Generate radio coverage maps with SPLAT!

 Posted by:   Posted on:   Updated on:  2017-10-29T13:14:23Z

SPLAT! is a cross-platform, open-source software that can be used to analyze a radio link between two locations and to generate coverage maps of RF transmitters. Coverage maps are calculated using Longley-Rice Irregular Terrain Model (ITM) algorithm. SPLAT! can predict RF coverage for any frequencies between 20 MHz and 20 GHz. It is thus useful for ham radio, broadcast radio, terrestrial television and wireless networks.

To use SPLAT!, you need to know some parameters of the transmitter. These are the exact location (coordinates), antenna height, transmission frequency, polarization and effective radiated power (ERP). SPLAT! can then compute coverage maps. The procedure of installing SPLAT! is described in a previous article. You can generate two kind of maps. There is the regional coverage analysis mode that will output line-of-sight coverage map assuming all waves propagate in a straight line. There is also the path loss analysis mode that uses the ITM algorithm to compute either a field strength map or a received signal strength map.

Input files

Let's mention that SPLAT! takes coordinates as degrees latitude West and degrees longitude North. So if we're talking about European locations, latitude must be negative. I'll use for demonstration purposes a Romanian television transmitter with the following parameters:

  • Location: 45° 25" 37.49 North / 25° 29" 06.0 East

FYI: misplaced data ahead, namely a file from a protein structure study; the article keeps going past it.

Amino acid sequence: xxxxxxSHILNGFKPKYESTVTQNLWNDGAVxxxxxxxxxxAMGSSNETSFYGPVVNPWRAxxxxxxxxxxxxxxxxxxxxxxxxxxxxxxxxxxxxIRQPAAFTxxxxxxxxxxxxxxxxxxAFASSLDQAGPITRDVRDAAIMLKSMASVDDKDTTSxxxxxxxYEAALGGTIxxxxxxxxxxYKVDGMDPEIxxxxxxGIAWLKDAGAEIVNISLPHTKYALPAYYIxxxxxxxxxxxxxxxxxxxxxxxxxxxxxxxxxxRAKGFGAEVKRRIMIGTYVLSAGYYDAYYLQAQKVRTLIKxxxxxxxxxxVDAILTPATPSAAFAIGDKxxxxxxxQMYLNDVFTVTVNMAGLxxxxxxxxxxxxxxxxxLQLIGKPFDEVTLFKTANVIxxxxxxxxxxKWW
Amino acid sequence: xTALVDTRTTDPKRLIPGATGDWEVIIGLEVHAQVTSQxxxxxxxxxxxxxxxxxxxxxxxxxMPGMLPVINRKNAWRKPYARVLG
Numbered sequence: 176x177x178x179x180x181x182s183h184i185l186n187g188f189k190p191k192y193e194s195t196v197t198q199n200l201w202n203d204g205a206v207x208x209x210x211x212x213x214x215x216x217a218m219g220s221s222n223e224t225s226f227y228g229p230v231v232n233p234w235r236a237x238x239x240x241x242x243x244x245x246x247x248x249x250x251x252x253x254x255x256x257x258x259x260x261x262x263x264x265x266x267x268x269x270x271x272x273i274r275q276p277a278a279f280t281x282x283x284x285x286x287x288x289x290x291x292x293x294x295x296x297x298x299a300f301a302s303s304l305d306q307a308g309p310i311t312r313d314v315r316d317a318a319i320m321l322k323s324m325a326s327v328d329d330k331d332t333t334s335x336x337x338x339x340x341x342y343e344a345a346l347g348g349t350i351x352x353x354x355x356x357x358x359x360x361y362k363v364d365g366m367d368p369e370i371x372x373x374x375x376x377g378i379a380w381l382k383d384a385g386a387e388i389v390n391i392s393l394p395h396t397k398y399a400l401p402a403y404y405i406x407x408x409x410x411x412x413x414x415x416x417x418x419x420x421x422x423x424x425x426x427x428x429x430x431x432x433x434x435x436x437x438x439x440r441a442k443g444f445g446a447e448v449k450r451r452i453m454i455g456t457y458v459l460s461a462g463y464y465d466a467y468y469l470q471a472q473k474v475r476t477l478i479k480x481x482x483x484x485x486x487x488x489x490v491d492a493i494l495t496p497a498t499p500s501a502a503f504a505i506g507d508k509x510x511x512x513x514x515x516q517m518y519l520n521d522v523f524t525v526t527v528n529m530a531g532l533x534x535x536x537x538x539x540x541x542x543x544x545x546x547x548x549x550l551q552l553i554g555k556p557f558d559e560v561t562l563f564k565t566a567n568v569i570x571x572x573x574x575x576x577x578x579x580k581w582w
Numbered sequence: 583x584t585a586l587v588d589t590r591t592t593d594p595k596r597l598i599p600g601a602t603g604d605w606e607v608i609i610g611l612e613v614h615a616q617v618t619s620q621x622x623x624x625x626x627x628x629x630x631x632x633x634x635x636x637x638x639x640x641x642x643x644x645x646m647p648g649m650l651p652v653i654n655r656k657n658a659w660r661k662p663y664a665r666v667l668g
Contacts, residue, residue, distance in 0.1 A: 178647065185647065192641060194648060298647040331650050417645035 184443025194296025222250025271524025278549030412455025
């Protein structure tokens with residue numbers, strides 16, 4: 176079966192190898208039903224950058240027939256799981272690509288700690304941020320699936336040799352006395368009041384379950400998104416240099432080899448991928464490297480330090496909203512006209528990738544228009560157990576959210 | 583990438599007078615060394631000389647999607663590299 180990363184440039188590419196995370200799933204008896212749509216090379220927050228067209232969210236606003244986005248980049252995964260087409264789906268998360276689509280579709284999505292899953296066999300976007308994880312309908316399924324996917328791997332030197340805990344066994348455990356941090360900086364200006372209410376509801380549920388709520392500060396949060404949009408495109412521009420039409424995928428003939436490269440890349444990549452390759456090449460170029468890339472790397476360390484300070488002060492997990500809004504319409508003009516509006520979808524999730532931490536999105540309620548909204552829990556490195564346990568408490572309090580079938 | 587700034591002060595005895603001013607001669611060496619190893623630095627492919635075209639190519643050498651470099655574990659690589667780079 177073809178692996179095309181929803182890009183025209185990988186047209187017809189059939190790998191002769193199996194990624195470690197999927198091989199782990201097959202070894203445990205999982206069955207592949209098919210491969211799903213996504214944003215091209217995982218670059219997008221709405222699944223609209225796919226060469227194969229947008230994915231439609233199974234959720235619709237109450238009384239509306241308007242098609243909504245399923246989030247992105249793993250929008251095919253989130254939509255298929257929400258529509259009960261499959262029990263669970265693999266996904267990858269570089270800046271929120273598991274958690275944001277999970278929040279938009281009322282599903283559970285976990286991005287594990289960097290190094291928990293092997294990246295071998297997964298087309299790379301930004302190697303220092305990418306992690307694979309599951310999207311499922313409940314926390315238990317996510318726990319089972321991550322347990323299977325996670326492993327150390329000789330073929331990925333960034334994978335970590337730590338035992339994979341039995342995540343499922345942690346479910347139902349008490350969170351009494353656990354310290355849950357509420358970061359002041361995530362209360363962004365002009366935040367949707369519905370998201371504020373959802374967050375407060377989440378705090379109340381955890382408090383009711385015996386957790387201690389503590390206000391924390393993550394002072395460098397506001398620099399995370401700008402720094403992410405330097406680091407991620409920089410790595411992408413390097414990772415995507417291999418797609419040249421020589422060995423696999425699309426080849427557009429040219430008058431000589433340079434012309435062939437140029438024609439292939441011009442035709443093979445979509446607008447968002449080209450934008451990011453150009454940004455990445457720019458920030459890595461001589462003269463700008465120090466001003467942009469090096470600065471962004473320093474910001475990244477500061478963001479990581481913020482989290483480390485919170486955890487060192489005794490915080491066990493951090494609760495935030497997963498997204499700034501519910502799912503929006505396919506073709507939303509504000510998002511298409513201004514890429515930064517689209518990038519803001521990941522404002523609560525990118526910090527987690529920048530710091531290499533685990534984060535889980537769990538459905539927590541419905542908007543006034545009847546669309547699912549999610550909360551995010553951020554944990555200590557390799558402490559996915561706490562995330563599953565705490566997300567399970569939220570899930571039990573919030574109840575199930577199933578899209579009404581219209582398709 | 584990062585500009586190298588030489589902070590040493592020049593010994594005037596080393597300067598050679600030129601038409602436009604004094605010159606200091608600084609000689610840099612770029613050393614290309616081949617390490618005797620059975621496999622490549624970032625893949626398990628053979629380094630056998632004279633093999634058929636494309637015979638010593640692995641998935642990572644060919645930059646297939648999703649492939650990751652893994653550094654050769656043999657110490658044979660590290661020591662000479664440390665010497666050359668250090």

• Antenna height: 94 meters (at 2490 meters altitude)
  • Frequency: 474 MHz and horizontal polarization
  • ERP: 150 kW

For this transmitter I must make two files with the same name:


Site-1 ; write whatever name you want here
45 25 37.49
-25 29 06.0


15.000 ; Earth Dielectric Constant (Relative permittivity)
0.005 ; Earth Conductivity (Siemens per meter)
301.000 ; Atmospheric Bending Constant (N-units)
474.000 ; Frequency in MHz (20 MHz to 20 GHz)
5 ; Radio Climate (5 = Continental Temperate)
0 ; Polarization (0 = Horizontal, 1 = Vertical)
0.50 ; Fraction of situations (50% of locations)
0.90 ; Fraction of time (90% of the time)
150000.0 ; Effective Radiated Power (ERP) in Watts (optional)

In the LRP file remember to adjust climate and terrain parameters if the case. The default will work for most situations. Adjust frequency, polarization and ERP. The statistical parameters play an important role (situations and time). For digital television (although these are for ATSC standard) values 0.5 and 0.9 are recommended for situations, respectively time.

Now, to generate a line-of-sight map, run SPLAT with the following parameters:

splat -t tx1.qth -c 10 -metric -o test.ppm -d /path/to/sdf-sd

Argument -c 10 specifies antenna height in meters. The result is the following:

Generating path loss map is not very different. The command is:

splat -t tx1.qth -L 10 -dbm -metric -o test.ppm -d /path/to/sdf-sd

In this situation, argument -L 10 specifies antenna height in meters. The result is the top image in this post. To adjust colors, you need to make a different configuration file, with the same name as the QTH file and with the extension SCF for signal levels expressed as dBuV/m or DCF for signal expressed as dBm. You switch to dBm mode by using the -dbm argument (see my example). The SCF/DCF file syntax is very simple and consists of signal thresholds followed by color (RGB values).

-50: 0, 255, 0
-80: 255, 255, 0

This example of tx1.dcf will paint all areas with signal above -50 dBm in green color and all areas with signal between -50 dBm and -80 dBm as yellow.

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